The 2015 Nobel Prize in Physiology or Medicine honors pioneers in parasitic diseases
Nobel Prize 2015
The Nobel Prize is regarded by the scientific community as the most esteemed science award. This series celebrates the 2015 Nobel Prizes, covering a range of topics such as how the Nobel Prize changes a Laureate's life, how Nobel Laureates spend their prize money, the changes required in the Nobel Prize, Nobel-related initiatives that reach out to the larger scientific community, winners of the Nobel Prize for 2015, and more.
The much-awaited Nobel Prize announcements have begun!
On October 5, the Nobel Assembly at Karolinska Institutet, Stockholm, announced that the 2015 Nobel Prize in Physiology or Medicine has been awarded jointly to William C. Campbell and Satoshi Omura “for their discoveries concerning a novel therapy against infections caused by roundworm parasites,” and Youyou Tu “for her discoveries concerning a novel therapy against Malaria.” Together, the prize honors the researchers’ discoveries as they “provided humankind with powerful new means to combat these debilitating diseases that affect hundreds of millions of people annually.”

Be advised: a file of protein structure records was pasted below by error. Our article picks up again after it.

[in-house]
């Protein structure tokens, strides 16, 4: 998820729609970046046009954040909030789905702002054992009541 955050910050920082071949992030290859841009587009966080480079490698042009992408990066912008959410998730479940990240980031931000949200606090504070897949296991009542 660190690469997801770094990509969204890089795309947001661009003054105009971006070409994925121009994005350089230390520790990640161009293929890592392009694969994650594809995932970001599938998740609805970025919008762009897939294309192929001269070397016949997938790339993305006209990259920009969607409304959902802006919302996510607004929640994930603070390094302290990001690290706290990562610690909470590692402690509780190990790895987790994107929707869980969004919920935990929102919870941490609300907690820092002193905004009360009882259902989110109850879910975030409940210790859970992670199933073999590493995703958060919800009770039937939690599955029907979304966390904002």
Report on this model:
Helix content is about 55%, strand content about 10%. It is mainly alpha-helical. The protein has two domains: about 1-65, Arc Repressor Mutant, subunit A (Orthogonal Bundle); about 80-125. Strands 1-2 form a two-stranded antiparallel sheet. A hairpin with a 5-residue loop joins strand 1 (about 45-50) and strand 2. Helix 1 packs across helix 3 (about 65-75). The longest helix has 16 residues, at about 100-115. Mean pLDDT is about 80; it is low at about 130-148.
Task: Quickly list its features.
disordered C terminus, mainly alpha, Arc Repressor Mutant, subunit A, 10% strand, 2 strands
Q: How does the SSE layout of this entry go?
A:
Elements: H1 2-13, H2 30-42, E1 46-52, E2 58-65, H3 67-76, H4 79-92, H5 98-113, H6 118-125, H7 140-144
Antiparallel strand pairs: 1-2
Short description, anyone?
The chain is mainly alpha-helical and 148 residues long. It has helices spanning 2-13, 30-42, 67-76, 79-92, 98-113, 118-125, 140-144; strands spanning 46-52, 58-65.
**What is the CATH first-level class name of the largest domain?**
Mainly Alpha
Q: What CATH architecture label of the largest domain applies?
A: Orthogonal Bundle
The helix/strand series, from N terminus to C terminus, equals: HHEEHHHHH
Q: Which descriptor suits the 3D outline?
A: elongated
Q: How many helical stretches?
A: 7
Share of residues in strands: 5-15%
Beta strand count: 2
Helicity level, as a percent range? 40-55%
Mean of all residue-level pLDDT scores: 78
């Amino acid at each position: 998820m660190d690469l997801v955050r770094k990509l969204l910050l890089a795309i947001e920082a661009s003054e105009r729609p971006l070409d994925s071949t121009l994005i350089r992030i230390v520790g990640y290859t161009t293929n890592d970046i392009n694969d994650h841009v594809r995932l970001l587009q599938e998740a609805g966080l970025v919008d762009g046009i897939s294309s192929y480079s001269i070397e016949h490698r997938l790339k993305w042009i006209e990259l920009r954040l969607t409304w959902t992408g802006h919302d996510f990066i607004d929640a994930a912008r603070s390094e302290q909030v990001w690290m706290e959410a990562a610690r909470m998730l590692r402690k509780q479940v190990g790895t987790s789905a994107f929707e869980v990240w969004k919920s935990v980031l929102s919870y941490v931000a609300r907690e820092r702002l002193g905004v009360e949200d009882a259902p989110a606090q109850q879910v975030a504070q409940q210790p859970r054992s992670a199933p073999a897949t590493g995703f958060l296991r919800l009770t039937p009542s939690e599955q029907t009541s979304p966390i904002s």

Campbell from Ireland and Omura from Japan discovered Avermectin, a new drug that provides immunity against River Blindness, Lymphatic Filariasis, and other parasitic diseases. Tu from China, on the other hand, made the discovery of the drug Artemisinin that reduced the mortality rates of malaria patients.
The Nobel Prize has been awarded to them since “The global impact of their discoveries and the resulting benefit to mankind are immeasurable.”
Congratulations to the winners!
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